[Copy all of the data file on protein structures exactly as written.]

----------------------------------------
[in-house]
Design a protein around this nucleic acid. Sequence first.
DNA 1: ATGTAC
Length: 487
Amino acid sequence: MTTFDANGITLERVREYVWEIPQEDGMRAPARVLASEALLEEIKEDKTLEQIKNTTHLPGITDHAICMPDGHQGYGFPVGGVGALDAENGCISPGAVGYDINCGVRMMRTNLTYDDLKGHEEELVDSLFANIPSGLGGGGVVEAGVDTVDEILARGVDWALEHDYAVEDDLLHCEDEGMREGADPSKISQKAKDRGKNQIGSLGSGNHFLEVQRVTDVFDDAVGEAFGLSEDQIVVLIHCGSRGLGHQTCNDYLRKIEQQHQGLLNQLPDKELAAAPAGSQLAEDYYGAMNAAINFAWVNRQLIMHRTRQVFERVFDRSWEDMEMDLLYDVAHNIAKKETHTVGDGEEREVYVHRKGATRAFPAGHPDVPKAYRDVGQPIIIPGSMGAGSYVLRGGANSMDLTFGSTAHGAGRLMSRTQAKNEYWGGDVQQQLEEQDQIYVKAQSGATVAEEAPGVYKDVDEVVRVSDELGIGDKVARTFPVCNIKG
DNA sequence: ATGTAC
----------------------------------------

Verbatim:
[in-house]
Design a protein around this nucleic acid. Sequence first.
DNA 1: ATGTAC
Length: 487
Amino acid sequence: MTTFDANGITLERVREYVWEIPQEDGMRAPARVLASEALLEEIKEDKTLEQIKNTTHLPGITDHAICMPDGHQGYGFPVGGVGALDAENGCISPGAVGYDINCGVRMMRTNLTYDDLKGHEEELVDSLFANIPSGLGGGGVVEAGVDTVDEILARGVDWALEHDYAVEDDLLHCEDEGMREGADPSKISQKAKDRGKNQIGSLGSGNHFLEVQRVTDVFDDAVGEAFGLSEDQIVVLIHCGSRGLGHQTCNDYLRKIEQQHQGLLNQLPDKELAAAPAGSQLAEDYYGAMNAAINFAWVNRQLIMHRTRQVFERVFDRSWEDMEMDLLYDVAHNIAKKETHTVGDGEEREVYVHRKGATRAFPAGHPDVPKAYRDVGQPIIIPGSMGAGSYVLRGGANSMDLTFGSTAHGAGRLMSRTQAKNEYWGGDVQQQLEEQDQIYVKAQSGATVAEEAPGVYKDVDEVVRVSDELGIGDKVARTFPVCNIKG
DNA sequence: ATGTAC